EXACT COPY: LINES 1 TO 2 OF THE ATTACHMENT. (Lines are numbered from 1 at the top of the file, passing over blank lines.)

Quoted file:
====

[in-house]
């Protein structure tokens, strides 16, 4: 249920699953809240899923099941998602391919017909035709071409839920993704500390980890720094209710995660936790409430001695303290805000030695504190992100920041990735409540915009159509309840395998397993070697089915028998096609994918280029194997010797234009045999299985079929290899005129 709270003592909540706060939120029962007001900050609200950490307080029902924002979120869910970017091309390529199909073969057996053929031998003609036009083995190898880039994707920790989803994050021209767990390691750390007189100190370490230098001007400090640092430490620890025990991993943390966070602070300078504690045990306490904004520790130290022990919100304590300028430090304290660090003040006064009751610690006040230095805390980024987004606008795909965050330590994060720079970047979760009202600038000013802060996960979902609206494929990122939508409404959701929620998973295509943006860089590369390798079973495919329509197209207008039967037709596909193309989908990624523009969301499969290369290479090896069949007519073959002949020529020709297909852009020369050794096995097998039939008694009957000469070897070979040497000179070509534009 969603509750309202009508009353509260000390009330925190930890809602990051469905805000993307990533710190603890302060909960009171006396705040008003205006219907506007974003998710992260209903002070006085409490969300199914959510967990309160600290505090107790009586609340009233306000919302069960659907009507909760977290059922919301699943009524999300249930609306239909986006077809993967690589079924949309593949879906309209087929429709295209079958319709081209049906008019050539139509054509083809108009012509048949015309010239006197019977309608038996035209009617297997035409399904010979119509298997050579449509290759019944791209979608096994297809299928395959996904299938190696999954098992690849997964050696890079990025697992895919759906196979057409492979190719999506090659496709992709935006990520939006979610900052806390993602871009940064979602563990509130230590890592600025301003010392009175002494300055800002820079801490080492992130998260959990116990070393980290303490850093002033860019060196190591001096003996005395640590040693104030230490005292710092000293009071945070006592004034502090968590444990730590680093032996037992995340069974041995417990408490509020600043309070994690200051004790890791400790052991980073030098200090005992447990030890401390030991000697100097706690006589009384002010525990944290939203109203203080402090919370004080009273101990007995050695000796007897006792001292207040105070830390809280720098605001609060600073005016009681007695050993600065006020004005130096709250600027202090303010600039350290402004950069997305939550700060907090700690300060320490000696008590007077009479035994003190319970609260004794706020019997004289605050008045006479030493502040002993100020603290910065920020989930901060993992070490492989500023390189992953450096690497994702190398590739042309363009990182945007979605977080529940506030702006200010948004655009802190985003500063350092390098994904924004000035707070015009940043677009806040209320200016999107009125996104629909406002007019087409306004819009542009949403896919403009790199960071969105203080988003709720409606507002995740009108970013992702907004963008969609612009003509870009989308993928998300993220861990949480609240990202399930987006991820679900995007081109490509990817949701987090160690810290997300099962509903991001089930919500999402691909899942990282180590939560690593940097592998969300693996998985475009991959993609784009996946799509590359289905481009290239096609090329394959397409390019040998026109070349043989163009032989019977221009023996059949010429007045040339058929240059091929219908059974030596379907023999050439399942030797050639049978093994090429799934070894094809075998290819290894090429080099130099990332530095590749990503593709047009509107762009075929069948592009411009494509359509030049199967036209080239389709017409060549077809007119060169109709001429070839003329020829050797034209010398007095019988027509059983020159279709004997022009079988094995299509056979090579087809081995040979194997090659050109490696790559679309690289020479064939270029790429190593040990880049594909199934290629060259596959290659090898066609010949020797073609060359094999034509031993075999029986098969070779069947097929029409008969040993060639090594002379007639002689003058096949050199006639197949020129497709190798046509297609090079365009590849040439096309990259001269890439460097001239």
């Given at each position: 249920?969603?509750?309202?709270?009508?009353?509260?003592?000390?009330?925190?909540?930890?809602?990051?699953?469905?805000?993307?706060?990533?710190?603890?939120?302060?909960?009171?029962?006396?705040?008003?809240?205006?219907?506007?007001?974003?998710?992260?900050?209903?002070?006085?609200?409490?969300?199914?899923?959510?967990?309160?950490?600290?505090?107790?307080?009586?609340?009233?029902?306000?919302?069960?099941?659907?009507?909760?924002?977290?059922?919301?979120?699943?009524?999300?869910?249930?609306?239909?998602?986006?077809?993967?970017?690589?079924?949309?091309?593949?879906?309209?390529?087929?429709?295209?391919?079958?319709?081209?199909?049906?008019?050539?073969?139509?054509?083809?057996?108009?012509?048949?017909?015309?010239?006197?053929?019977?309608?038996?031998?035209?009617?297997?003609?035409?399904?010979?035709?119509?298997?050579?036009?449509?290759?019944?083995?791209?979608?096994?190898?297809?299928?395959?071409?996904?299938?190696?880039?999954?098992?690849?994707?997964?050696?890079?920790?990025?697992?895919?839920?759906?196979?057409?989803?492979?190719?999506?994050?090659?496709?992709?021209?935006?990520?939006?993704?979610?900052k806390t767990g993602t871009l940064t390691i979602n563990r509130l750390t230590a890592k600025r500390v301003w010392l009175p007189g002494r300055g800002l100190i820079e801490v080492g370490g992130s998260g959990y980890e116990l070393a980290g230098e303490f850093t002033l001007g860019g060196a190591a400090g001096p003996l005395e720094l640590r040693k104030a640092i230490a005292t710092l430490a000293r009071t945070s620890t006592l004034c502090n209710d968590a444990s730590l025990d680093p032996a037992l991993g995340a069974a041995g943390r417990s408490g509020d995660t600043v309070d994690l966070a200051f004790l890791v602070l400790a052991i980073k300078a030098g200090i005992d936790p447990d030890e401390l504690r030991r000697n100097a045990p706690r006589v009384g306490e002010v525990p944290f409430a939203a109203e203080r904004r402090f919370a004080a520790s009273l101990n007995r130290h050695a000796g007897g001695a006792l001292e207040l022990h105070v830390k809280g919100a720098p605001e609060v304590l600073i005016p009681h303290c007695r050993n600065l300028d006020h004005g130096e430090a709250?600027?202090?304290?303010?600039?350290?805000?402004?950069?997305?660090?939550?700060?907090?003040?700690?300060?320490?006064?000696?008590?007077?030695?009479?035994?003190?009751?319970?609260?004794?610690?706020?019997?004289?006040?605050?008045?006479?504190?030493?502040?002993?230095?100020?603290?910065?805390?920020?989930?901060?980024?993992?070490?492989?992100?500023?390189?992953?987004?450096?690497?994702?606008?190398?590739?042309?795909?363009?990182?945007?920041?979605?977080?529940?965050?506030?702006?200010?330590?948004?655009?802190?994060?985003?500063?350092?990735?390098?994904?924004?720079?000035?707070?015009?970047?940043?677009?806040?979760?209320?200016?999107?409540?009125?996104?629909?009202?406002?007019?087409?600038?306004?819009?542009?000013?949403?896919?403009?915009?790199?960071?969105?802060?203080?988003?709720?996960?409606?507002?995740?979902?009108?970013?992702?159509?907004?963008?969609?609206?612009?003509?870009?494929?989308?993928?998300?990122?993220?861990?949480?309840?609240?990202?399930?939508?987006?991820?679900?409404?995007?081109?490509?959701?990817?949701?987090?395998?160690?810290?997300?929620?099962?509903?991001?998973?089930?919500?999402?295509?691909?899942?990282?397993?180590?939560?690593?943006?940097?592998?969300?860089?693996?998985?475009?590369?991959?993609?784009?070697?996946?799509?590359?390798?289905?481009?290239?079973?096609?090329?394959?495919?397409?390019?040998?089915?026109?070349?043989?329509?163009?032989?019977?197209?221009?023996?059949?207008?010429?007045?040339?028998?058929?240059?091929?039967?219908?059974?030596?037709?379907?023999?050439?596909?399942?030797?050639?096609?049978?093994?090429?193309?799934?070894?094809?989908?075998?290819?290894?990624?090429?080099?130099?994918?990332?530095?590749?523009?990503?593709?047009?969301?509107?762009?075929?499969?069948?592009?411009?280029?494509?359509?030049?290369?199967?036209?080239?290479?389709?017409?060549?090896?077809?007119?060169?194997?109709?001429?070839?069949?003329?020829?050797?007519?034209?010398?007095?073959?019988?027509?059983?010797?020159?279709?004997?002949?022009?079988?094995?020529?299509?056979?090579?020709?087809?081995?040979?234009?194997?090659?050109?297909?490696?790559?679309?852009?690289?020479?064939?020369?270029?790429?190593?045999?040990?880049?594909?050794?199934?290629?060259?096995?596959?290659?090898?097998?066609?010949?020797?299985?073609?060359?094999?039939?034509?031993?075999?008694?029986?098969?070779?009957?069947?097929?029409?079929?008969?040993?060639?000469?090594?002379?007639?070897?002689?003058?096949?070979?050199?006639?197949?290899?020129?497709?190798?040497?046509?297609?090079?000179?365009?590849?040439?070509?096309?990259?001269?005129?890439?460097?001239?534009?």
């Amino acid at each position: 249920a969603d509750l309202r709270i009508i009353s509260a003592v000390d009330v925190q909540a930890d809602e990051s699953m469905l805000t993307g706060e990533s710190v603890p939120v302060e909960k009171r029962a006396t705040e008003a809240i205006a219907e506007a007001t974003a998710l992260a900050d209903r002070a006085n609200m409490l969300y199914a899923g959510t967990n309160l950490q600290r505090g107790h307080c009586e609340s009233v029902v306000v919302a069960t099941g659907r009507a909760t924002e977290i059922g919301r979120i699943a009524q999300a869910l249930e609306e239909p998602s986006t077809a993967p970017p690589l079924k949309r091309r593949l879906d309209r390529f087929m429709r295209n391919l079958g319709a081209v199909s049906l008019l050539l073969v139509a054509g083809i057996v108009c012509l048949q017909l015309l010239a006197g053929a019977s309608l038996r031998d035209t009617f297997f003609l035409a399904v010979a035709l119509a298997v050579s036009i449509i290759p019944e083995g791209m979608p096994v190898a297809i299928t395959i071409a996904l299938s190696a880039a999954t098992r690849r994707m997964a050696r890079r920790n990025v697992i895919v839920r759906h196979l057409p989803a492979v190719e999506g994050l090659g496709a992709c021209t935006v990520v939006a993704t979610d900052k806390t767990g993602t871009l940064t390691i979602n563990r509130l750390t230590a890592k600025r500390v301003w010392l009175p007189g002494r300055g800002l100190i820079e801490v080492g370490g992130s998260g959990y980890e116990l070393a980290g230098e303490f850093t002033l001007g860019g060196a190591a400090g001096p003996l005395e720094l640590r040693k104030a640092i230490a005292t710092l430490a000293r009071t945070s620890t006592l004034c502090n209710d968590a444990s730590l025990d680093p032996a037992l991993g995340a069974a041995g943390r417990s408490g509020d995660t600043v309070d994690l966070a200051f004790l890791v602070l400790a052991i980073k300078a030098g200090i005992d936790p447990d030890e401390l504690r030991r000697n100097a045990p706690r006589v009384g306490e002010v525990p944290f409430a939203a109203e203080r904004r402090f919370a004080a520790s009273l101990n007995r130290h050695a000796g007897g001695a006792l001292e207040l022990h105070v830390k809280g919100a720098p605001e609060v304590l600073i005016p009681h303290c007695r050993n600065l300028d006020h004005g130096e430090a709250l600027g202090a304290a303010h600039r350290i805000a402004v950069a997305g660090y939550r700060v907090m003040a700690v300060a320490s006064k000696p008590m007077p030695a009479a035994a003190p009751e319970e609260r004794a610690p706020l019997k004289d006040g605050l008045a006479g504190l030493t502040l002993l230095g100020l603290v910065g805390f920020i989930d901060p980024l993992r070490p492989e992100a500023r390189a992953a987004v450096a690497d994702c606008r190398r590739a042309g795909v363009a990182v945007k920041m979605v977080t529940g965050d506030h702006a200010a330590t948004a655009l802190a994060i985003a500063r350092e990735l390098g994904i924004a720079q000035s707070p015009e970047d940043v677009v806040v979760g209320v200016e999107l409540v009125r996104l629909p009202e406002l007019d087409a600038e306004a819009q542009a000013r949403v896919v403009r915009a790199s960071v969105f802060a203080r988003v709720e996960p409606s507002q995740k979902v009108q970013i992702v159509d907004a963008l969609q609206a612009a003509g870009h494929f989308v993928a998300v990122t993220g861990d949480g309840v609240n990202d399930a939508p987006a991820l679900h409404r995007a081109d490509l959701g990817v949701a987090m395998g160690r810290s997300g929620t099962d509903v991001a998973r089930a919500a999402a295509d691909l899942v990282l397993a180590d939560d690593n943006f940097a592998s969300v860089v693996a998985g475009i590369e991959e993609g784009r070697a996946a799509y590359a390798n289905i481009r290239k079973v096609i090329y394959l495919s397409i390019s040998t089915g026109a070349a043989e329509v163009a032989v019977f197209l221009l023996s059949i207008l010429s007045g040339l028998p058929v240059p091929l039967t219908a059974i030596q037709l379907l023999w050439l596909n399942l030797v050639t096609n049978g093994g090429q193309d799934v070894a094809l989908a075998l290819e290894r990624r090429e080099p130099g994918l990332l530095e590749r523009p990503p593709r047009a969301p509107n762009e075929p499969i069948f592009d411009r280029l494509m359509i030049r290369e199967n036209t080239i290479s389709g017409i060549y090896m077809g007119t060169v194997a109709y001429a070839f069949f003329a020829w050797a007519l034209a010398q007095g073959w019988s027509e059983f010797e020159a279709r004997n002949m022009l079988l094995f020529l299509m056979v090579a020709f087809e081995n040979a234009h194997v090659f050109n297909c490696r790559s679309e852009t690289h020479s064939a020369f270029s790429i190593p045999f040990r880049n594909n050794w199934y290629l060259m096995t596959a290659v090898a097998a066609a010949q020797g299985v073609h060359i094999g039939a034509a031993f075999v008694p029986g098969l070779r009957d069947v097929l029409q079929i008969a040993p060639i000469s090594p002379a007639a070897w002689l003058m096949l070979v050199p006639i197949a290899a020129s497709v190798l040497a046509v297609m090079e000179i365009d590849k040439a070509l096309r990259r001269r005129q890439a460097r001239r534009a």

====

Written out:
[in-house]
């Protein structure tokens, strides 16, 4: 249920699953809240899923099941998602391919017909035709071409839920993704500390980890720094209710995660936790409430001695303290805000030695504190992100920041990735409540915009159509309840395998397993070697089915028998096609994918280029194997010797234009045999299985079929290899005129 709270003592909540706060939120029962007001900050609200950490307080029902924002979120869910970017091309390529199909073969057996053929031998003609036009083995190898880039994707920790989803994050021209767990390691750390007189100190370490230098001007400090640092430490620890025990991993943390966070602070300078504690045990306490904004520790130290022990919100304590300028430090304290660090003040006064009751610690006040230095805390980024987004606008795909965050330590994060720079970047979760009202600038000013802060996960979902609206494929990122939508409404959701929620998973295509943006860089590369390798079973495919329509197209207008039967037709596909193309989908990624523009969301499969290369290479090896069949007519073959002949020529020709297909852009020369050794096995097998039939008694009957000469070897070979040497000179070509534009 969603509750309202009508009353509260000390009330925190930890809602990051469905805000993307990533710190603890302060909960009171006396705040008003205006219907506007974003998710992260209903002070006085409490969300199914959510967990309160600290505090107790009586609340009233306000919302069960659907009507909760977290059922919301699943009524999300249930609306239909986006077809993967690589079924949309593949879906309209087929429709295209079958319709081209049906008019050539139509054509083809108009012509048949015309010239006197019977309608038996035209009617297997035409399904010979119509298997050579449509290759019944791209979608096994297809299928395959996904299938190696999954098992690849997964050696890079990025697992895919759906196979057409492979190719999506090659496709992709935006990520939006979610900052806390993602871009940064979602563990509130230590890592600025301003010392009175002494300055800002820079801490080492992130998260959990116990070393980290303490850093002033860019060196190591001096003996005395640590040693104030230490005292710092000293009071945070006592004034502090968590444990730590680093032996037992995340069974041995417990408490509020600043309070994690200051004790890791400790052991980073030098200090005992447990030890401390030991000697100097706690006589009384002010525990944290939203109203203080402090919370004080009273101990007995050695000796007897006792001292207040105070830390809280720098605001609060600073005016009681007695050993600065006020004005130096709250600027202090303010600039350290402004950069997305939550700060907090700690300060320490000696008590007077009479035994003190319970609260004794706020019997004289605050008045006479030493502040002993100020603290910065920020989930901060993992070490492989500023390189992953450096690497994702190398590739042309363009990182945007979605977080529940506030702006200010948004655009802190985003500063350092390098994904924004000035707070015009940043677009806040209320200016999107009125996104629909406002007019087409306004819009542009949403896919403009790199960071969105203080988003709720409606507002995740009108970013992702907004963008969609612009003509870009989308993928998300993220861990949480609240990202399930987006991820679900995007081109490509990817949701987090160690810290997300099962509903991001089930919500999402691909899942990282180590939560690593940097592998969300693996998985475009991959993609784009996946799509590359289905481009290239096609090329394959397409390019040998026109070349043989163009032989019977221009023996059949010429007045040339058929240059091929219908059974030596379907023999050439399942030797050639049978093994090429799934070894094809075998290819290894090429080099130099990332530095590749990503593709047009509107762009075929069948592009411009494509359509030049199967036209080239389709017409060549077809007119060169109709001429070839003329020829050797034209010398007095019988027509059983020159279709004997022009079988094995299509056979090579087809081995040979194997090659050109490696790559679309690289020479064939270029790429190593040990880049594909199934290629060259596959290659090898066609010949020797073609060359094999034509031993075999029986098969070779069947097929029409008969040993060639090594002379007639002689003058096949050199006639197949020129497709190798046509297609090079365009590849040439096309990259001269890439460097001239």